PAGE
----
LONDON -- Royal Bank of Scotland Group (LSE:RBS) (NYSE:RBS) is back in the headlines again, thanks to a new round of lawsuits from investors. They feel that the bank misled them when they participated in a 12 billion pounds rights issue in 2008, only to see the value of their shares plummet a few months later, when the bank was bailed out.
RBS's share price is down by 25% from its January peak of 367 pence. As I write, you can pick up RBS shares for less than 280 pence -- and I reckon that's a good deal.
Forget the lawsuits
The latest lawsuit to hit RBS comes from the RBoS Shareholders Action Group, which says that RBS may have to pay them 4 billion pounds in compensation for their losses.
Maybe. But I suspect it won't, and claims like this usually rumble on for years before reaching any conclusion. Whatever the outcome, I don't believe it will affect Royal Bank of Scotland's recovery prospects.
6 billion-pound capital shortfall?
Last week, a Bank of England report into U.K. banks found that they had a collective capital shortfall of 25 billion pounds. The BoE didn't release a breakdown, but most analysts believe that RBS is worst affected, and may have a shortfall of 6 billion pounds.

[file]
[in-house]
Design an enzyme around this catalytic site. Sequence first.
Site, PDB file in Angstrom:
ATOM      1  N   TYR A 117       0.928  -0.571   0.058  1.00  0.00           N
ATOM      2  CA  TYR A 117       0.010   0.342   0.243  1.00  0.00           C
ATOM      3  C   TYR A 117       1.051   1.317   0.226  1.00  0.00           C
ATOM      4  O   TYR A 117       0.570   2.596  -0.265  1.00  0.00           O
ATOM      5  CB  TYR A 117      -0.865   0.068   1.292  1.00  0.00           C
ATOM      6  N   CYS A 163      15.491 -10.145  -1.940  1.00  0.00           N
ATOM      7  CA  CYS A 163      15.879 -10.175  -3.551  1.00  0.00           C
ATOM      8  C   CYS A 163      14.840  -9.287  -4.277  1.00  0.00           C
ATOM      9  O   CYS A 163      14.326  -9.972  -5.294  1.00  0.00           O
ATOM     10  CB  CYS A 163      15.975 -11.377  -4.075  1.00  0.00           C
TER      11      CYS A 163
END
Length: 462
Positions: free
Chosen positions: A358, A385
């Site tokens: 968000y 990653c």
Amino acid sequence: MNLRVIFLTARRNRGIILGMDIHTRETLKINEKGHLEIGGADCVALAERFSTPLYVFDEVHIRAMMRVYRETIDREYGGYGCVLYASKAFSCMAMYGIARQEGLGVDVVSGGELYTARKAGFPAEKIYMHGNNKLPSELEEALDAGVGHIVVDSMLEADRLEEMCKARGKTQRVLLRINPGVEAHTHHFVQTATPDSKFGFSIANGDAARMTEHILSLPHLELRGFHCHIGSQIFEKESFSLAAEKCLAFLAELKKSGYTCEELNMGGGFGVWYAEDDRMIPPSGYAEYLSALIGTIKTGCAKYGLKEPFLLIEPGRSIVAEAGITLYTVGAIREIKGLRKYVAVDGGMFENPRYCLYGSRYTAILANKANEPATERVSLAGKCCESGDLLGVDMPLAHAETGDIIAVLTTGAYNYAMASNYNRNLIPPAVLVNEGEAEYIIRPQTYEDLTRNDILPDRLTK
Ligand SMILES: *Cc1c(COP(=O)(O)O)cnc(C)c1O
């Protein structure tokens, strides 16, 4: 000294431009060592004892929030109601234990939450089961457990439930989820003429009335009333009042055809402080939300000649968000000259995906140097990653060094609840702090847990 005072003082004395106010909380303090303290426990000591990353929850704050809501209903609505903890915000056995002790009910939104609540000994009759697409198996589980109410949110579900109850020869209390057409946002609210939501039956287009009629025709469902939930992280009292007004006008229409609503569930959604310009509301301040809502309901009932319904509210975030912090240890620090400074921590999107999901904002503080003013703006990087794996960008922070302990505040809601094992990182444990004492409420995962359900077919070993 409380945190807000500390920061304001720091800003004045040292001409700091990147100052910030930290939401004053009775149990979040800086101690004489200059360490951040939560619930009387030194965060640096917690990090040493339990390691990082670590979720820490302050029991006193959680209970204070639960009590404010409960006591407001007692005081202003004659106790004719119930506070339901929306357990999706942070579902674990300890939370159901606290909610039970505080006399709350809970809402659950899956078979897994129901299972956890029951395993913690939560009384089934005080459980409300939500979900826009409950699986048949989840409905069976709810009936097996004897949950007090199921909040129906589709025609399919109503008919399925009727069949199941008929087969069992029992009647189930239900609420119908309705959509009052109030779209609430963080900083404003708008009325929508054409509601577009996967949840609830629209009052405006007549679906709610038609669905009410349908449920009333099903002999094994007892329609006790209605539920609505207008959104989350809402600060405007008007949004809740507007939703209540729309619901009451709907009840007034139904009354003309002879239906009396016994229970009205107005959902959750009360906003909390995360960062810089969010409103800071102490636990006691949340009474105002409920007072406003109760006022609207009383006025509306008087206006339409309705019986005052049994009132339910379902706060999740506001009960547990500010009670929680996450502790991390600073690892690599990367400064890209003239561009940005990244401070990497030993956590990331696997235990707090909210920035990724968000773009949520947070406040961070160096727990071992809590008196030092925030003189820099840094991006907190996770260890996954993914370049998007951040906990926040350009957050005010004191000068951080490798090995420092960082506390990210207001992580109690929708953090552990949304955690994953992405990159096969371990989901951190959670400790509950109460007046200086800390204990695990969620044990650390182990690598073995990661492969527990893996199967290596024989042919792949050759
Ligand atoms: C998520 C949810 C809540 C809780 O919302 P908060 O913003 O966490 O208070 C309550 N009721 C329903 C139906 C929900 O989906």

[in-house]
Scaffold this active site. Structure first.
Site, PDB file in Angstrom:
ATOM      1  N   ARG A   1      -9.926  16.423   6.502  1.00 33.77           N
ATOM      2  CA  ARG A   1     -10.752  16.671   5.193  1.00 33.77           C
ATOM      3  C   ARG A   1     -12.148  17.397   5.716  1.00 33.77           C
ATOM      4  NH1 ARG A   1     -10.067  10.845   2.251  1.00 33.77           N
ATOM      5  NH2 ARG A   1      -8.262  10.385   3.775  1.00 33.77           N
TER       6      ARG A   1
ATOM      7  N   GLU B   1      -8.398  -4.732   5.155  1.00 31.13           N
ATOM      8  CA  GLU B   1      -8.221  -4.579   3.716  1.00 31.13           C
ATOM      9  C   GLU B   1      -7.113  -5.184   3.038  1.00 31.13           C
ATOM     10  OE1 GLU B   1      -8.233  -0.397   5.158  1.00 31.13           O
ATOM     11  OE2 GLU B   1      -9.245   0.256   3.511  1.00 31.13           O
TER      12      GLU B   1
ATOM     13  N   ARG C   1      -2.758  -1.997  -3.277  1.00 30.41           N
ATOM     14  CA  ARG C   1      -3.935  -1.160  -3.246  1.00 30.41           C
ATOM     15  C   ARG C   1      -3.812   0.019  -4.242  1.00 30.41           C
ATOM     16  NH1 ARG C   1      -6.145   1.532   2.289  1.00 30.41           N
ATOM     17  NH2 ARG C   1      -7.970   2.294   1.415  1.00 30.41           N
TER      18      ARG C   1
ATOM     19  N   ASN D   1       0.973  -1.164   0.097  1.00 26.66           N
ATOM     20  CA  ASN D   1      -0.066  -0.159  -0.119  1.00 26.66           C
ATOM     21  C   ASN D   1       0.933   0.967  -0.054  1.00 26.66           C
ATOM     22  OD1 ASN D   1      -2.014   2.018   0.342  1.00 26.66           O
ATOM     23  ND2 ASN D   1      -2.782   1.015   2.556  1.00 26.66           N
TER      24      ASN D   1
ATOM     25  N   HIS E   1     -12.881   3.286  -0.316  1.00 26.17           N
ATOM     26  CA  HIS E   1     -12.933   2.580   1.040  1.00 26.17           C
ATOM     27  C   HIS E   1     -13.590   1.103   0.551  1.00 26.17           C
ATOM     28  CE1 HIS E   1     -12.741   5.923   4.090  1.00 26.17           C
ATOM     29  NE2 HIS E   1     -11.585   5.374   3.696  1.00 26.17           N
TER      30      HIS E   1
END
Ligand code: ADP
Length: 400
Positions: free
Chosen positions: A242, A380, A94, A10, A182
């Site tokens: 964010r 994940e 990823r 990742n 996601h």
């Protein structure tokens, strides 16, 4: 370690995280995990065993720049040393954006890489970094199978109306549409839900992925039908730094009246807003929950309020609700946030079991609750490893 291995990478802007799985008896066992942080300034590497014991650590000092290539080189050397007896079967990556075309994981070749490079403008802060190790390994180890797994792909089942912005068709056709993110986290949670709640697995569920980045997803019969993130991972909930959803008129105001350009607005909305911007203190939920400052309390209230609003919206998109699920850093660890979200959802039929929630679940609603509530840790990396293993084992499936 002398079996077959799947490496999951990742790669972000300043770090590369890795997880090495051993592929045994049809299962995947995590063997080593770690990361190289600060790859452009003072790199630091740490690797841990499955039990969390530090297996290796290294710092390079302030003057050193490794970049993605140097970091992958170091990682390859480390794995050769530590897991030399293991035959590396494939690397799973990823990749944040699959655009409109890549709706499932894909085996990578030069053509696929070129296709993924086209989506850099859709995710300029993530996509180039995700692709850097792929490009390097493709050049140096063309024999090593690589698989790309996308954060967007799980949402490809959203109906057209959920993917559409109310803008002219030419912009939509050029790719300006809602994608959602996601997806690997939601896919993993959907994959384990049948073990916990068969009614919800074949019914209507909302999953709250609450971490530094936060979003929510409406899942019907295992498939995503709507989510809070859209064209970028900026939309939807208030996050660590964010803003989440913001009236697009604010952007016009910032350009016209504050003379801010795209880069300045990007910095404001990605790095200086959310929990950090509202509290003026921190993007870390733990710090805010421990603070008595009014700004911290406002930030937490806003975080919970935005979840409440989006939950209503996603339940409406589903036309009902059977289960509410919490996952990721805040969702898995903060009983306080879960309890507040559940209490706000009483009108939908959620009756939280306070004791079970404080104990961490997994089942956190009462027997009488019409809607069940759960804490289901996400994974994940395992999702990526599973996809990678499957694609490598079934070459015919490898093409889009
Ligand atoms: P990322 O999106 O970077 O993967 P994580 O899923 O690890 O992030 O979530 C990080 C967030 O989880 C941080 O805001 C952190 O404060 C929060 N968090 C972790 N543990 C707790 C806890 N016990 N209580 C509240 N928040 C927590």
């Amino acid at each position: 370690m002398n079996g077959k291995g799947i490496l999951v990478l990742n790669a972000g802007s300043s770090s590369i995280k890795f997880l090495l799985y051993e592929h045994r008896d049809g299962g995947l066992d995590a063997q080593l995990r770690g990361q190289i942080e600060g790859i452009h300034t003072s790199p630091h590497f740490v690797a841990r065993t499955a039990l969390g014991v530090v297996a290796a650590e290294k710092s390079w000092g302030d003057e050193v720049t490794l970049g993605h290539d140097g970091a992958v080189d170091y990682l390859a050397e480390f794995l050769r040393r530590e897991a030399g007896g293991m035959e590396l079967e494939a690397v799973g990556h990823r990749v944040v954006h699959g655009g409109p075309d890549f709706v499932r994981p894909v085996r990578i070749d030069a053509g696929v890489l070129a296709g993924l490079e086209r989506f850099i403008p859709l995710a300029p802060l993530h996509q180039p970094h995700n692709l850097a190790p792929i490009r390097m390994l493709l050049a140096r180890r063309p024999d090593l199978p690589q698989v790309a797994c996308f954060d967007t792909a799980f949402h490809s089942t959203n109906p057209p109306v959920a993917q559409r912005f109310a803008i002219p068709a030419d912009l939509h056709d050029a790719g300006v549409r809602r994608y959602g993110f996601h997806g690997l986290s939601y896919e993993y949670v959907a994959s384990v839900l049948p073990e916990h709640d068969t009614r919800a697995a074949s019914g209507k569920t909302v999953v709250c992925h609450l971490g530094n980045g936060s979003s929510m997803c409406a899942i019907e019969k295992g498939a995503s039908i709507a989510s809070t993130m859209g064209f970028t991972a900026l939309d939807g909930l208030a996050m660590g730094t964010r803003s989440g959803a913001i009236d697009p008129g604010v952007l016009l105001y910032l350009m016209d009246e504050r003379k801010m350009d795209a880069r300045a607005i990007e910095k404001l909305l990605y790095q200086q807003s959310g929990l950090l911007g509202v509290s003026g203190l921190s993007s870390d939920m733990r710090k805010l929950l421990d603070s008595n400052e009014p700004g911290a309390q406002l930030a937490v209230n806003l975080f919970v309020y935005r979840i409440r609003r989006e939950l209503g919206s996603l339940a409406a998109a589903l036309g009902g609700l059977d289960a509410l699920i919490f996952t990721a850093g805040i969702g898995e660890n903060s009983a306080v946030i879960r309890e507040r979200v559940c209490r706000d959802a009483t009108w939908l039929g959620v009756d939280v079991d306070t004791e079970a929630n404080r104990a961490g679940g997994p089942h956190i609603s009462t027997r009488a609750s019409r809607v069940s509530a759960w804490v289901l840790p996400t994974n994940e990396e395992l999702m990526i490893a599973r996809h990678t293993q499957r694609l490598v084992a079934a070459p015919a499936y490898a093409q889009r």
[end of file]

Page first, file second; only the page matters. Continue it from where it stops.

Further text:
Although this does need addressing, it isn't urgent and will probably be dealt with by retaining profits and postponing dividend payments a little longer. Discussing the report, BoE Governor Sir Mervyn King, said that the problem was "perfectly manageable" and "is not an immediate threat".
Pay 63 pence for 1 pound
The shares of a healthy bank would normally trade at or slightly above its book value. But at 280 pence, RBS shares are currently trading at just 0.63 times the bank's tangible book value, which I think is a great opportunity for value investors.
The main risk is these assets may fall in value, or that RBS will sell some of them to raise cash. So what can we expect?
Last year, the bank's net tangible asset value per share dropped from 501 pence to 446 pence, as it scaled back some of its operations and disposed of non-core assets. RBS expects 2013 to be the final year of restructuring so, assuming a similar performance to last year, RBS may be left with 400 pence of tangible assets per share.
At a share price of 280 pence, this still gives a potential upside of nearly 25% for new investors.
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Roland does not own shares in Royal Bank of Scotland Group. The Motley Fool has a disclosure policy. We Fools may not all hold the same opinions, but we all believe that considering a diverse range of insights makes us better investors. Try any of our Foolish newsletter services free for 30 days.